I strongly believe in people’s right to choose and we need states where there is the space for this to happen. The separation of church and state, originally designed to safeguard freedom of conscience and religion, is being invoked to justify limiting religious freedom. The tragedy in France is the so-called defence of ‘secular values’ is being used to further marginalise and attack the muslim communities. The message it sends is that they are not valued or respected in society. So what space have they got left?

What do you think about religious schools?

There are of course quite a number of religious and islamic schools in Britain. I think it is up to parents to decide where to send their children. I don’t send my children to a religious school; they attend a state school in Birmingham. That was my choice. But I do not think that I can tell other people how they should bring up their kids.

What about societies that are run by political islam like Iran and Afghanistan, where women can only walk the streets totally veiled?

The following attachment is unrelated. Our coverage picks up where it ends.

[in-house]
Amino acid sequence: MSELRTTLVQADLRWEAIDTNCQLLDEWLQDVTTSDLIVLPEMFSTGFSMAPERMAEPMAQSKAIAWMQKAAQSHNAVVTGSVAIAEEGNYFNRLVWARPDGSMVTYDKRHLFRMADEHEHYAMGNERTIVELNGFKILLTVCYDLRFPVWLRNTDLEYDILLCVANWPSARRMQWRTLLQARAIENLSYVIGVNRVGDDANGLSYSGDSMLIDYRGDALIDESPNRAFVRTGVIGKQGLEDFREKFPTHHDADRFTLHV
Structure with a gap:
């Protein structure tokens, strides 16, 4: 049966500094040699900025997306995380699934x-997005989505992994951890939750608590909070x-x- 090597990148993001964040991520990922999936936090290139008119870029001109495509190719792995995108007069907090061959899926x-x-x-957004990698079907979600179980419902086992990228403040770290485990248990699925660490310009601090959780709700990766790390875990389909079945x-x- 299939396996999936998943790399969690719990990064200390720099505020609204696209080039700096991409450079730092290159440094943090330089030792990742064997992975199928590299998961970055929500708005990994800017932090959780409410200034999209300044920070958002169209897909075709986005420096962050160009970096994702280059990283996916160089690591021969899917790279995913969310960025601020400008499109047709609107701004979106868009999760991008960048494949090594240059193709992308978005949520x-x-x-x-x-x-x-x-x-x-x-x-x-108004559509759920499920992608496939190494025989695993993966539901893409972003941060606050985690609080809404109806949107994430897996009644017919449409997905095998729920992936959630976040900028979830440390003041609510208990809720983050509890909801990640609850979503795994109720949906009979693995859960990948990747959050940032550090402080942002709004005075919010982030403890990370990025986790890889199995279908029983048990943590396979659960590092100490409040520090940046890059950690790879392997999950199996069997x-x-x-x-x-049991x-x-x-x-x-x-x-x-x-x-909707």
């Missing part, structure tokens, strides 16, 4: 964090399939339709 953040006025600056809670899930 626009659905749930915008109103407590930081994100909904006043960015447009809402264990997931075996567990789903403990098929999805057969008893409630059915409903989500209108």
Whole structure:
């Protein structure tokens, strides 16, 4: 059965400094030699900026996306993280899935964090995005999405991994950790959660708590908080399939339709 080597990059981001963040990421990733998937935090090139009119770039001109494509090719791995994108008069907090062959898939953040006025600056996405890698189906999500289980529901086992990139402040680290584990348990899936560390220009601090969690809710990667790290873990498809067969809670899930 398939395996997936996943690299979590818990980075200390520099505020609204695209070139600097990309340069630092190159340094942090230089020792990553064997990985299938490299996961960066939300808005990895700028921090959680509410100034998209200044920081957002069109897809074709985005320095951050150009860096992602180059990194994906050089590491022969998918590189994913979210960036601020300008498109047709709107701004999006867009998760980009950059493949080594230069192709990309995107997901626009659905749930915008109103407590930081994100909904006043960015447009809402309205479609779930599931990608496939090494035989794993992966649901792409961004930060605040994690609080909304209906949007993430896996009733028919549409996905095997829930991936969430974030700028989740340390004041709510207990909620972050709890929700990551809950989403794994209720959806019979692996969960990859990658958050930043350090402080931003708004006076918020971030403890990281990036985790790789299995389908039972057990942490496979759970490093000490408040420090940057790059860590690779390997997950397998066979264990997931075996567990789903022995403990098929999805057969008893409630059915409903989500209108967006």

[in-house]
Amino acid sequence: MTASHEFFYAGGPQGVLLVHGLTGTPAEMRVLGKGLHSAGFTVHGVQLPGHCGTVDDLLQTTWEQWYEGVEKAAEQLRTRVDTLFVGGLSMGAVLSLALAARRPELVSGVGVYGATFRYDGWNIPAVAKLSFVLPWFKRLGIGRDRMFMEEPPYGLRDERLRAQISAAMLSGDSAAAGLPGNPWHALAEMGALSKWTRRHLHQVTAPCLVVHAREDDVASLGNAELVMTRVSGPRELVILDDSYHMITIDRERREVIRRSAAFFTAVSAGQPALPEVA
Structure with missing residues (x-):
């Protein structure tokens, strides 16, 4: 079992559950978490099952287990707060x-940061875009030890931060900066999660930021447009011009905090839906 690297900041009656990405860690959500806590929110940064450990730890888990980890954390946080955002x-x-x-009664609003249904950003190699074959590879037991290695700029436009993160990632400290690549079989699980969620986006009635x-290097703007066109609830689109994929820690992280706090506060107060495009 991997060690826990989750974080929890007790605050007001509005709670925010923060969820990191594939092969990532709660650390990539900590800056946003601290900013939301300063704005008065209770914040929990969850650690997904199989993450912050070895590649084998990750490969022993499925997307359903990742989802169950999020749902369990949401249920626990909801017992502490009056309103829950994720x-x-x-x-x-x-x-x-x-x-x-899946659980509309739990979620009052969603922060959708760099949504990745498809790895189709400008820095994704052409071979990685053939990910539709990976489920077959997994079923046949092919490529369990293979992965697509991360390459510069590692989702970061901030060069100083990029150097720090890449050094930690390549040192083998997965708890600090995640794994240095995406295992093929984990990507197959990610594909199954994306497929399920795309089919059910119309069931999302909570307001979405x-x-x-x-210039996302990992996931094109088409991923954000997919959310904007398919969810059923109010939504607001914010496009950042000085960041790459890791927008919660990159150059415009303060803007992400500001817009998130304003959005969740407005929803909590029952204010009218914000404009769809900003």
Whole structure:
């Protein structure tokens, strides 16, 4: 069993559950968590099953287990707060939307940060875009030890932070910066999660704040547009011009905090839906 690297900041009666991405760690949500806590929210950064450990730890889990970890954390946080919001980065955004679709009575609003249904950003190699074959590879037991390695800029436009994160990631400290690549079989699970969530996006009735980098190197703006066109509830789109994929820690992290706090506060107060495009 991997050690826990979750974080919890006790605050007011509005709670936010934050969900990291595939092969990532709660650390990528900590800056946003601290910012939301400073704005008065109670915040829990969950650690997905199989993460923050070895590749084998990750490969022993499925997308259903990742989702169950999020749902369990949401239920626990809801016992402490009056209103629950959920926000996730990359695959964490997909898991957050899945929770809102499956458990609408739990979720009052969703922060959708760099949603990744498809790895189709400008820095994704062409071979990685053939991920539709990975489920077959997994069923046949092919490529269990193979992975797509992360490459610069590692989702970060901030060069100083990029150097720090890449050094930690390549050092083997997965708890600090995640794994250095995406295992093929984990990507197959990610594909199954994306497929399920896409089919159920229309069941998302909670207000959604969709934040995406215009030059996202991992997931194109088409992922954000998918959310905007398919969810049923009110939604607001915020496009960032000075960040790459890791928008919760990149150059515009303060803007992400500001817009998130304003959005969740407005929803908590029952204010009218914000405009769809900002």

I feel equally passionate about defending the right of women not to wear a scarf or veil. Why should any state, man or woman tell somebody else what to wear or how to run their lives? Nobody has that right.

We also need to understand that the label ‘political islam’ is a very broad one, and there are many muslims who would say they are politically active due to their islamic convictions, but this does not mean they support in any way what certain non-muslims mean when they talk about ‘political islam’. For example the imposition of the hijab is associated with ‘political islam’, whereas I would say that it is a manifestation of a distorted and extreme interpretation of islam. Going on an anti-war or anti-privatisation demonstration, speaking out against extremism would be regarded by most muslims as enacting ‘political islam’, yet this is not understood in many non-muslim circles. Hence attacks on people using terms like ‘political islam’ can be easily assumed by muslims to be an attack on the right of ordinary muslims to take part in political activity.

Stereotyping should be avoided and in this way unnecessary misunderstandings can be removed. For example, it would be unfair to look at the worst excesses of Stalinism and draw the conclusion that socialist ideas are inherently totalitarian and any political alliance with socialists is dangerous!

During the war against Afghanistan and later Iraq my own organisation has been critical of both sides. While the main aggression was of course down to US imperialism, we warned strongly against siding with either the Taliban or Saddam Hussein.